In a large bowl, combine the ricotta, 1/4 cup of Parm, the egg, butter, and nutmeg. Sprinkle 1 cup of flour over the ricotta mixture and fold in.  Dust the dough with more flour and shape into a ball.  (If seems really sticky – like too sticky – mix in more flour).  On a floured surface roll the dough out to a rope and cut it into 36-ish pieces. (I split it into 2 balls and made two ropes and then cut it)

My rope of dough cut into pieces

All my little gnudi soldiers, ready to be cooked

In  large pot of boiling salted water, boil the gnudi until tender and cooked through, about 6 minutes.  Drain, reserving a cup of cooking liquid.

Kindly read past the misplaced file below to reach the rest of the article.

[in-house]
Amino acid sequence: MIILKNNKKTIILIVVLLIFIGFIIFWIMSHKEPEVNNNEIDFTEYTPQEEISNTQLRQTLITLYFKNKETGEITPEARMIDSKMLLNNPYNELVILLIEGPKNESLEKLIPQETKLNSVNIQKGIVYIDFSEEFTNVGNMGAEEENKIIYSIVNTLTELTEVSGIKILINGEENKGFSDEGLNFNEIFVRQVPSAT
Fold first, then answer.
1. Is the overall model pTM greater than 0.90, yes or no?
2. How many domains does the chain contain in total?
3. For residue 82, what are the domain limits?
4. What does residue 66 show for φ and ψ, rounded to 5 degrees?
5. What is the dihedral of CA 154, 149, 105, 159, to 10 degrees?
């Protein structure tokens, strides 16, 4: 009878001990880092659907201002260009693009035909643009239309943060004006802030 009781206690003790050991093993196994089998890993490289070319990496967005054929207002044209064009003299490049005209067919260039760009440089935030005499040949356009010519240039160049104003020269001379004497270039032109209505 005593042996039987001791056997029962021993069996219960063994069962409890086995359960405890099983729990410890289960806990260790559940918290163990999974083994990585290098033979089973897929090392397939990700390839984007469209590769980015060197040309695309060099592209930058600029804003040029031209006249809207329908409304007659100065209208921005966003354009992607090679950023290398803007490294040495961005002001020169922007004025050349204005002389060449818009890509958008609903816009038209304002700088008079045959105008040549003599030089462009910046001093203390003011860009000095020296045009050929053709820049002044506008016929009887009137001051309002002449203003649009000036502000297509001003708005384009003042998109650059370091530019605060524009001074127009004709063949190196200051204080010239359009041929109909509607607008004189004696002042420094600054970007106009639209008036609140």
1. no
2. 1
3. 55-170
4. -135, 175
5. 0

In the meantime, make the mushroom-bacon sauce.  Cook the bacon in a skillet over medium until brown and crisped.  Drain and set bacon aside.  In a large skillet, heat some olive oil (about 1/4 cup should do) over medium high heat.  Add the mushrooms, season with salt and pepper, and cook until mushrooms are lightly browned, about 5 minutes.  Add the peas and cook about 2 minutes.  Add the garlic and cook about 1 minute.  Add the bacon and about 3/4 cup of the reserved cooking water.  Mix well until water reduces to about 1/4 cup.  Turn heat down to medium, and start adding butter.  Add two chunks butter and stir until melted into sauce.  Add 2 last nubs of butter and mix into sauce.  Taste for any final seasoning.  Add Gnudi and toss to coat, adding just a bit of cooking water if sauce seems too dry.  Serve and pass extra grated Parm alongside.